Mixed-Bloods, Mestizas, and Pintos: Race, Gender, and Claims to Whiteness in Helen Hunt Jackson’s Ramona and María Amparo Ruiz de Burton’s Who Would Have Thought It?

Posted in Articles, History, Literary/Artistic Criticism, Media Archive, United States, Women on 2011-08-25 23:26Z by Steven

Mixed-Bloods, Mestizas, and Pintos: Race, Gender, and Claims to Whiteness in Helen Hunt Jackson’s Ramona and María Amparo Ruiz de Burton’s Who Would Have Thought It?

Western American Literature
Volume 36, Number 3 (Fall 2001)
pages 212-231

Margaret D. Jacobs, Professor of History & Director, Women’s and Gender Studies
University of Nebraska, Lincoln

Since the 1980s, a growing number of scholars in widely different fields have discredited race as a self-evident category of human social relations. Alongside the work of scientists who have found no genetic or biological basis for racial categorization, critical race theorists have looked to changes in legal definitions of race and citizenship to conclude that race is socially and culturally constructed. Historians have contributed to the field by analyzing the history of Whiteness and the so-called White race. Many groups considered “White” today were once deemed non-White; it was only through renouncing common cause with other stigmatized “races” that certain Americans such as Irish and Jewish immigrants were able to attain White status and privilege. Of course, “choosing” to become White has not been an option for some Americans whose skin color is not light enough to allow them to pass for White. But as George Fredcrickson argues, it is not from color alone that race is constructed. He asserts that “theessential element [in notions of race and racism] is that belief, however justified or rationalized, in the critical importance of differing lines of descent and the use of that belief to establish or validate social inequality”.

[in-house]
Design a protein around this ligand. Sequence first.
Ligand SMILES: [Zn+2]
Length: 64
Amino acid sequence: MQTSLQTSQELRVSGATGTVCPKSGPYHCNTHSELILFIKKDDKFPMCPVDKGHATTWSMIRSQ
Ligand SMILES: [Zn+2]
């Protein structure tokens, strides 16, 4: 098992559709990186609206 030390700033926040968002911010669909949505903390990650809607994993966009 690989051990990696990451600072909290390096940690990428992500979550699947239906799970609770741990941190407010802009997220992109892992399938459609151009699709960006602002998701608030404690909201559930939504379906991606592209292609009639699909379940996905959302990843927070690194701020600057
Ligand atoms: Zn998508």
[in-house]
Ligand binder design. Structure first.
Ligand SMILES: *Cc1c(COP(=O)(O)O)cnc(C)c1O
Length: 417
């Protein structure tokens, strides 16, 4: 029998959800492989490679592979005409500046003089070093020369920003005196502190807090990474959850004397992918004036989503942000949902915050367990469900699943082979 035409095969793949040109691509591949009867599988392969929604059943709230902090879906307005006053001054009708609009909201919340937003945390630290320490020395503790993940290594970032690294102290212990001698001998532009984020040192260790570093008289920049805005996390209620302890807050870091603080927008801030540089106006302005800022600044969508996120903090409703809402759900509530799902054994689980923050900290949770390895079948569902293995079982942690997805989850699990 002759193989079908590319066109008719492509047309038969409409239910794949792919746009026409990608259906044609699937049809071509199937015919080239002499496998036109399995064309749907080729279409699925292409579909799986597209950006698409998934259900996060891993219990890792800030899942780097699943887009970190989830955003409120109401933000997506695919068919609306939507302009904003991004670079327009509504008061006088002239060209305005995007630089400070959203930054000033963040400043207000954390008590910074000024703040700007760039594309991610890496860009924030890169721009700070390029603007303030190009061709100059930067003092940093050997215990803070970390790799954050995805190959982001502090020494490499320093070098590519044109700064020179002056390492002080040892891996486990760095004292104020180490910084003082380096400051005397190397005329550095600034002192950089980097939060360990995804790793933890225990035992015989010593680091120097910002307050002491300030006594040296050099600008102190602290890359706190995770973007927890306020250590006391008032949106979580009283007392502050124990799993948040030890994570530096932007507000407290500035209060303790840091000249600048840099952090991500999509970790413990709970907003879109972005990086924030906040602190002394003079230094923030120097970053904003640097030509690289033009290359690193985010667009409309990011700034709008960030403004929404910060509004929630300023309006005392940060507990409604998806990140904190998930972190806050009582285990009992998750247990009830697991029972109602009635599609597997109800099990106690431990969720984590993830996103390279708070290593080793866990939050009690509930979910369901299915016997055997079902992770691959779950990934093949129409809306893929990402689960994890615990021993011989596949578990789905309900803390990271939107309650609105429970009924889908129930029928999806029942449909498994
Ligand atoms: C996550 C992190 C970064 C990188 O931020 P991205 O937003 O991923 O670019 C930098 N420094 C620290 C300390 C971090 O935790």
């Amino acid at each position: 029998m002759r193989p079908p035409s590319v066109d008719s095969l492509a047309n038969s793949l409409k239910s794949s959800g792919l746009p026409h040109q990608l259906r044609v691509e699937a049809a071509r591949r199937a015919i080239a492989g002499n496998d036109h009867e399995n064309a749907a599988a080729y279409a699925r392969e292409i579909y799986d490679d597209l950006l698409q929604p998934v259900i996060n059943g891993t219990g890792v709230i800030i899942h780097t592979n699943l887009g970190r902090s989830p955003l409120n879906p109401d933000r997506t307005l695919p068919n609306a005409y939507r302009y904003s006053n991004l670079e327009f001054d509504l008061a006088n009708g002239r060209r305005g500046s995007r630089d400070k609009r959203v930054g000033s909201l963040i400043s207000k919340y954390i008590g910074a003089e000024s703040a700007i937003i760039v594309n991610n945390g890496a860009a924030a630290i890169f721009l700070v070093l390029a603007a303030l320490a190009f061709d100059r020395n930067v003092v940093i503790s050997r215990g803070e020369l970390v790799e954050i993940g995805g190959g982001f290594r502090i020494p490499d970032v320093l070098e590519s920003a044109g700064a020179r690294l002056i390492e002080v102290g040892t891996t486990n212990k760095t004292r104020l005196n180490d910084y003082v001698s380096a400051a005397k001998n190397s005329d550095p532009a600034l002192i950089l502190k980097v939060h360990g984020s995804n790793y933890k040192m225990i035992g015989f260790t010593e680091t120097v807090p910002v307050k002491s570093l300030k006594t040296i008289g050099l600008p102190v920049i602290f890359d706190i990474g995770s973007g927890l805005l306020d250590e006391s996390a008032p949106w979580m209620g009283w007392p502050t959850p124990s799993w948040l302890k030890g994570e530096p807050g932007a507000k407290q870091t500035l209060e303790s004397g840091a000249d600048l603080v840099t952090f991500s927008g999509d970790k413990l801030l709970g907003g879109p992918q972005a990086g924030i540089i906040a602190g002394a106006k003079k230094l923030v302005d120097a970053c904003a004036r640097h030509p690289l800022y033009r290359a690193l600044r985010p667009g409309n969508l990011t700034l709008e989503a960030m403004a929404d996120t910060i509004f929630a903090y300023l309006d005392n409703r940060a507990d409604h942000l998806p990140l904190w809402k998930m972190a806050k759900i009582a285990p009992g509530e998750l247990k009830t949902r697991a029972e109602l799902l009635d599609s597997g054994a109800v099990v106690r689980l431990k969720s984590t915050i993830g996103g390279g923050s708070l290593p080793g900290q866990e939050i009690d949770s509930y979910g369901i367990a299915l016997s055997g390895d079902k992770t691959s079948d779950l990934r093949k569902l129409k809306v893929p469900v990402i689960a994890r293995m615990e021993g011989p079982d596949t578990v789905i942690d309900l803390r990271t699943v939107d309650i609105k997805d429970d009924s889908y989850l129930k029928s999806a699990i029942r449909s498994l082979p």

The social construction of race played out in myriad spaces: in brightly lit courtrooms and dark bedrooms, in factories and fields, in movie theaters and swimming pools, in classrooms and offices, in fast-moving trains and plodding city buses. The realm of literature as well became a space in which various American sought to envision and enforce their notions of race. The literature of the American West offers a particularly rich bounty of competing constructions of race. Until recently it has been all too common in the fields of both western American literature and western history to study Anglo-Americans’ views of the West and its peoples. A growing number of scholars, however, have challenged the ethnocentrism and cultural hegemony of this approach.

Significantly, though, we are not the first to engage in such a critique of Anglo-Americans’ portrayals of the West. Even as Easterners flooded bookstores and literary journals with their accounts of the West in the nineteenth century, an elite and well-educated Californians, Maria Amparo Ruiz de Burton, penned her own challenge to such representations. In 1872, countering Anglo notions that Californians were a “half barbaric” race who were unfit to govern themselves, to hold property, or to occupy professional positions, Ruiz de Burton published Who Would Have Thought It?, a political satire dressed up as a romance novel. Although written twelve years before one of the most famous Anglo novels about nineteenth-century California, Helen Hunt Jackson’s Ramona, Ruiz de Burton’s novel nevertheless reads like a sharp retort and a satire of Jackson’s view of California and the West…

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